Global equities charged higher yesterday as rising oil prices and buoyant German investor confidence brought cheer to investors, analysts said.
Shrugging off lingering disappointment over last weekend’s failed Doha oil output freeze talks, crude prices continued to rise.
“Stocks appear to be taking their cue from the positive momentum in global oil prices, ignoring the pull from mixed earnings reports” and “soft” data for the building of new homes in the US for March, Sheraz Mian, of Zacks Investment Research, said in a note.
Frankfurt led Europe’s bourses, closing well over 2% higher, after a key survey, the German investor confidence index calculated by the ZEW economic institute, posted a robust increase in April.
That was the second monthly rise in a row and it beat analysts’ forecasts.
Elsewhere, London stocks added just under 1% as the FTSE 100 hit its highest level for the year so far, while Paris did the same, winning 1.3% in value.
“The FTSE 100 has traded at fresh 2016 highs... after a remarkable turnaround in oil markets yesterday has continued, and in doing so pushed stocks higher,” said analyst David Cheetham at brokerage XTB.
“Equities looked vulnerable at the start of the week after a failure to agree on any tangible measures to quell the increasing levels of crude production amongst Opec and non-Opec members.
“However the impressive strength of the recovery suggests that the worst of the pain may be behind us.”
The region’s markets had already rebounded into modest gains on Monday, reversing initial losses that were sparked by the failure of oil producers to agree to an output freeze in Doha on Sunday.
“Doha meeting? said analyst Brenda Kelly at traders London Capital Group. “Yesterday’s knee jerk decline in oil prices to the disappointing outcome was very quickly reversed as the day wore on. The price of the commodity is also amassing some support from the Kuwait worker strike.”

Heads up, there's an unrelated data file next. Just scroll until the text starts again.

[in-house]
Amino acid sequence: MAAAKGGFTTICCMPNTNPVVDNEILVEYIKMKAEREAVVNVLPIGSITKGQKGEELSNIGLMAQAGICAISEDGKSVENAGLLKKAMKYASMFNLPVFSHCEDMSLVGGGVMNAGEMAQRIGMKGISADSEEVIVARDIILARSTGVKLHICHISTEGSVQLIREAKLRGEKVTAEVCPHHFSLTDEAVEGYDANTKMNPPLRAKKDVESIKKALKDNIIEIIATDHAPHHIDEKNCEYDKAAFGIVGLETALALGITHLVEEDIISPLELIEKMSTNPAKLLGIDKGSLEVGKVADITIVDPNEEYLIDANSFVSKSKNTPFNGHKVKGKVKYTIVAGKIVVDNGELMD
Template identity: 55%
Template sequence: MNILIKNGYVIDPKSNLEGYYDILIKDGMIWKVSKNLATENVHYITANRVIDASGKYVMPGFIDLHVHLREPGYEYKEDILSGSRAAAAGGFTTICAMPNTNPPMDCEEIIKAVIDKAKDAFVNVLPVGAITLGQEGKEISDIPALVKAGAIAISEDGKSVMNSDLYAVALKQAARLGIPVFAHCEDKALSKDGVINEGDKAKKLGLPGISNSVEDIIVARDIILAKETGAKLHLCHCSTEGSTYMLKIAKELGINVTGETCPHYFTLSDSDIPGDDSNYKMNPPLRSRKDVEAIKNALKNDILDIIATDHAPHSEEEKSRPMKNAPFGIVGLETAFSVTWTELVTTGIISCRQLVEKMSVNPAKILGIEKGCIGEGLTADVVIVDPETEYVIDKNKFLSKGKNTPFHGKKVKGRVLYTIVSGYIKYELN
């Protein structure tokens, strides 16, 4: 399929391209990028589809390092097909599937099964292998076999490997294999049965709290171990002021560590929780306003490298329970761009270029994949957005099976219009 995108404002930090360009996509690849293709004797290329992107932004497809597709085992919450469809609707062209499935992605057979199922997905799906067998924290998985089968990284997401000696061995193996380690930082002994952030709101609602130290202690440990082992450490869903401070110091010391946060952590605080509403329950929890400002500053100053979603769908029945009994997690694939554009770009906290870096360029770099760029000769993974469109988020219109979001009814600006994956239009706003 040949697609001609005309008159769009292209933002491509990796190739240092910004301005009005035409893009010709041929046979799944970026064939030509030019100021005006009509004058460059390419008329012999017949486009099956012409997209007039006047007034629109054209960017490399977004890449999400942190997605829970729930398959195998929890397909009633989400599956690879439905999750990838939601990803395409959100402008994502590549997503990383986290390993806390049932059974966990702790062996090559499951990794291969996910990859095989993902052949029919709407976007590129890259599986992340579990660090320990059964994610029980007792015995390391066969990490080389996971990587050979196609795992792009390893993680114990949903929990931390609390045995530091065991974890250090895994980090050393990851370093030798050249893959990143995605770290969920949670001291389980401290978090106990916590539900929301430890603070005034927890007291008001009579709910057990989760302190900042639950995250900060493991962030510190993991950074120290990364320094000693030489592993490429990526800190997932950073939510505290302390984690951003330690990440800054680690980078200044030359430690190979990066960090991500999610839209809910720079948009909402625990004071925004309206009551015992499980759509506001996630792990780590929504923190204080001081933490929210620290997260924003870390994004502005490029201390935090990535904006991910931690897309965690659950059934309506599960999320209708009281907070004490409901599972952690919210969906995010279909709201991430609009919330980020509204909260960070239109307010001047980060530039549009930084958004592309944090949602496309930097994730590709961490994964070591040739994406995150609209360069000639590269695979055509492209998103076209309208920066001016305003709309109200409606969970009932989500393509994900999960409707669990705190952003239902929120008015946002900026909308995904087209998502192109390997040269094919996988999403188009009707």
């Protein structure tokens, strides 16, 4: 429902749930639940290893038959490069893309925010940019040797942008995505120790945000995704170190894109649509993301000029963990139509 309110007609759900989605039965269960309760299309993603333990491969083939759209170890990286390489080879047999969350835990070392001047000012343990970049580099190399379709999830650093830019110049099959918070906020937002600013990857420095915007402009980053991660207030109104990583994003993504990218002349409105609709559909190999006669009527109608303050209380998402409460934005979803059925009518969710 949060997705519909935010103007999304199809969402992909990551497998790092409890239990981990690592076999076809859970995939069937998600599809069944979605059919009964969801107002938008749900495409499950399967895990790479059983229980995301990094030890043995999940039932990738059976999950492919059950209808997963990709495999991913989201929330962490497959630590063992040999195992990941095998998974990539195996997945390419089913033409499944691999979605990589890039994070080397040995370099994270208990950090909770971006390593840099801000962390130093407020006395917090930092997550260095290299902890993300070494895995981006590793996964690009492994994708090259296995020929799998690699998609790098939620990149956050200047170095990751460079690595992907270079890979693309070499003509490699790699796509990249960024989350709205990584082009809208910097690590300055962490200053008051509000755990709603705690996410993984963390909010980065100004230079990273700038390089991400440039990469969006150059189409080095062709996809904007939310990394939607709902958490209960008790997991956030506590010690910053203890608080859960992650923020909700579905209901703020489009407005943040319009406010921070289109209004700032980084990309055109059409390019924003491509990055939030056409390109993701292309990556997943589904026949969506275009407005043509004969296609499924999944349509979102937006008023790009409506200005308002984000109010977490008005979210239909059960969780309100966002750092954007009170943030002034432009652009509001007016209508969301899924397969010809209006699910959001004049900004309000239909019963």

US stocks rose slightly yesterday, despite significant first-quarter earnings disappointments from Dow blue chips Goldman Sachs and IBM.
Tokyo, meanwhile, led a recovery in Asian stock markets,
soaring more than three%.
On Monday Asia ended lower while initial sharp losses in Europe and New York turned to gains as dealers were also lifted by positive comments on the US outlook and recent upbeat data out of China.
Federal Reserve Bank of Boston president Eric Rosengren declared on Monday the world’s No 1 economy was much healthier than financial markets thought and saw growth picking up through this year.
“While there have been significant headwinds from abroad, and market turbulence related to those headwinds, I view the US economy as fundamentally sound and likely to perform better than the domestic economies of most trading partners,” he said.
Michael Pearce, of Global Economics, said he saw “little theoretical or empirical evidence” of the world economy nearing “stall speed”.
“Unless productivity rebounds, global growth is likely to remain around its current pace of 3% or so in the years ahead.
“While that would be disappointing by the standards of recent decades, it would not be a disaster, nor should it be taken as a sign that the economy is about to stall,” he wrote in an investors’ note.
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